Among the states of the Solid south, a change toward greater equality in most phases of the electoral process has come first in the states of Virginia and North Carolina. The reins are tightened on Negro registration in South Carolina, but here again not so tight as a decade ago. In Florida, likewise, there is a letting down of the bars except in most of the counties in the northern part of the State. In Georgia, a similar change has come, particularly in the cities.

The old time devices hang on most tenaciously in Alabama, Mississippi, and Louisiana. The state of Texas is one of the most advanced in the entire South in the attitude of officials toward registration of Negroes. And a similar condition is developing in Arkansas. In Oklahoma race distinction in registration disappeared some time ago, while a similar condition exists for Tennessee, except for two or three river bottom counties.

To generalize for the whole region, it would be difficult to point to more than a handful of Southern cities with a population of 25,000 or more in which there is vigorous opposition to Negroes becoming registered voters. It is in the rural south where 65 percent of the Negroes reside, that the greatest difficulty in meeting voting requirements is encountered.

To make certain of the disfranchisement of the Negroes, the state Democratic organizations of the South forty years ago adopted the "white primary," whereby only white Democrats could vote in this, the only meaningful election of the region. In view of the fact that there were only a handful of Black Republicans left following the disfranchisement of around 1900, this racial requirement of the Democrats inflicted the most fatal blow which the Negro had yet received.

The abolition of this electoral device [in 1944] struck at the root of most of the former difficulties of Negroes in their efforts to attain citizenship status. Among the factors which led to a 26 percent increase in the number of qualified Negro voters, none exerted a more powerful influence than the elimination of the white primary.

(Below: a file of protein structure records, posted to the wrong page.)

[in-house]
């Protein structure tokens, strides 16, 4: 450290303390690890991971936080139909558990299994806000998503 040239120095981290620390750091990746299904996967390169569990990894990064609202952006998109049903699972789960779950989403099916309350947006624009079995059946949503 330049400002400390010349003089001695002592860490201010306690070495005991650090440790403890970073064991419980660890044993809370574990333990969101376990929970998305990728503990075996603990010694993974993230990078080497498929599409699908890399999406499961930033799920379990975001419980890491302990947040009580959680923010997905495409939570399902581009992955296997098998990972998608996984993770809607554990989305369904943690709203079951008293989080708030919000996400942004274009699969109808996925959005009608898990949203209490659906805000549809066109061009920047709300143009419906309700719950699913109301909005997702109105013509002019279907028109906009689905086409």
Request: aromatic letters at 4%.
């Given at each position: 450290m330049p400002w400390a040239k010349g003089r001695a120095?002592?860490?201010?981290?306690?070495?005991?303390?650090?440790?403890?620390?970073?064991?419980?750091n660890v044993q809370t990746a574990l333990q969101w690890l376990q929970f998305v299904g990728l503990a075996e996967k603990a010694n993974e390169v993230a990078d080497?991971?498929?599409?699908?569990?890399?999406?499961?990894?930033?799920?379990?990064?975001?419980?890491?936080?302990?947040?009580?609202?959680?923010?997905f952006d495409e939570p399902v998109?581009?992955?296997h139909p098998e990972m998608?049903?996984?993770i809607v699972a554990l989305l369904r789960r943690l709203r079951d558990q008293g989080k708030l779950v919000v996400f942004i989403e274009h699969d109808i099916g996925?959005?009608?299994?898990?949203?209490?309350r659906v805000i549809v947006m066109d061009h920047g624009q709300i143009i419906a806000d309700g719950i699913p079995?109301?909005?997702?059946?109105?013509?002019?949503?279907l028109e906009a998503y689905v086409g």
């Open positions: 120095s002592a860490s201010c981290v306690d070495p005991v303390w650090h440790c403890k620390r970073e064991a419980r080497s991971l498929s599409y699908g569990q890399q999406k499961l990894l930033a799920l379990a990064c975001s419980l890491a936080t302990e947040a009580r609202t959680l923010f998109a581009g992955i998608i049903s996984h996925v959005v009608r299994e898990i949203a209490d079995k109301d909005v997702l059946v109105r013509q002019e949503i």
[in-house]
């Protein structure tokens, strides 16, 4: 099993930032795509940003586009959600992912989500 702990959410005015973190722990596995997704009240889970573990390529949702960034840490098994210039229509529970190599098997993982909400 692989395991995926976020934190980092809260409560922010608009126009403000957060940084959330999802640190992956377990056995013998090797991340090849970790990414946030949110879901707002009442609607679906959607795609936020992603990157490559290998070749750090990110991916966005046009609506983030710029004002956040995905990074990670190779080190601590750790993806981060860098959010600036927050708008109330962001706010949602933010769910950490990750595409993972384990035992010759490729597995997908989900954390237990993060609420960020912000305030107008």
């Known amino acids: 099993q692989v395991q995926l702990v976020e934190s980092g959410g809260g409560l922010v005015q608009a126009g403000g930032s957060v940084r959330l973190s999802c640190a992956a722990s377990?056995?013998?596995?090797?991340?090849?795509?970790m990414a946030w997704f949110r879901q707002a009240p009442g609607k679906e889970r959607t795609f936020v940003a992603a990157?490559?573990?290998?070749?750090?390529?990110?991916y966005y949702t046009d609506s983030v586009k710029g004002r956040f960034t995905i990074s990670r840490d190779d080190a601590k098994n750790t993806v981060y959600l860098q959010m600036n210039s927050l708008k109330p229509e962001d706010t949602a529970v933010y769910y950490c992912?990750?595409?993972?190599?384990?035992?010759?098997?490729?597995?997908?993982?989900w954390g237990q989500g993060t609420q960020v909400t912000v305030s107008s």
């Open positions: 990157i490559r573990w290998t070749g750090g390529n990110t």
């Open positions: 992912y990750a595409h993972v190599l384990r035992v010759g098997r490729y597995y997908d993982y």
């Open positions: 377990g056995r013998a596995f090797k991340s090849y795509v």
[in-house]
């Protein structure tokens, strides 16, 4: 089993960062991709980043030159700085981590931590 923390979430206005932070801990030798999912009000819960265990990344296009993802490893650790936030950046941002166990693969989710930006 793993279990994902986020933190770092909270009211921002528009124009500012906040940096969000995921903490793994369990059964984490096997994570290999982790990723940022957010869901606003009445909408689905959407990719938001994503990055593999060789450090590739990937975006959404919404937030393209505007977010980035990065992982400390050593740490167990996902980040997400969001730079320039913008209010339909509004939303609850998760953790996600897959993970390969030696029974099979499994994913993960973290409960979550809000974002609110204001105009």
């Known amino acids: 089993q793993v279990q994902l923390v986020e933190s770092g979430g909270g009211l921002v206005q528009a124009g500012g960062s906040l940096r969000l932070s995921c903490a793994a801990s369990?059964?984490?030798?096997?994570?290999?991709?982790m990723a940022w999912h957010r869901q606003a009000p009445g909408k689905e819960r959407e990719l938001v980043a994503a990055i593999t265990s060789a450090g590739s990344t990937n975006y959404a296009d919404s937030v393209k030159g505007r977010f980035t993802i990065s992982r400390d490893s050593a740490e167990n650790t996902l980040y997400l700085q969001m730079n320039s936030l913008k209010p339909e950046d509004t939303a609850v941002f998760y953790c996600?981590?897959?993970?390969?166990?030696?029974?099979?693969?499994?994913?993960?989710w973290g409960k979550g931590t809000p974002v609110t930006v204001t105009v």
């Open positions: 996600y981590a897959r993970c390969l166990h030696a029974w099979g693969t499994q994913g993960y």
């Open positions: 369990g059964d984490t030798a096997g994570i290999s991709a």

It is in order at this point to evaluate this new development and suggest procedures for the future. Because of the poverty and limited education of hundreds of thousands of white Southerners, the forces of reaction in the South have always been powerful. This group stands ready to fight any movement which seems directed to the advancement of the Negro. Regardless of the reaction and demagoguery, it seems highly improbable that the progress made by the Negroes as voters during the 1940 decade will wane.

For some time now electoral reform organizations and advocates of a free ballot generally have attempted to abolish the poll tax. In this effort they have enjoyed considerable success. But now it would be well for them to consider leveling their guns at the discriminatory registration practices in a half dozen Southern states. Since it is registration which is now the greatest deterrent to voting by Negroes, and since the law of all the Southern states, as well as that of the Federal Government, provides for remedies for the numerous instances in which these officials willfully debar many potential voters, the parties aggrieved should make a much wider use of the courts than they have in the past. These agencies wiped out the white primary; they have diminished the rigours of registration in some places; and above all else, they have been largely responsible for creating the favorable public opinion noted throughout this pamphlet.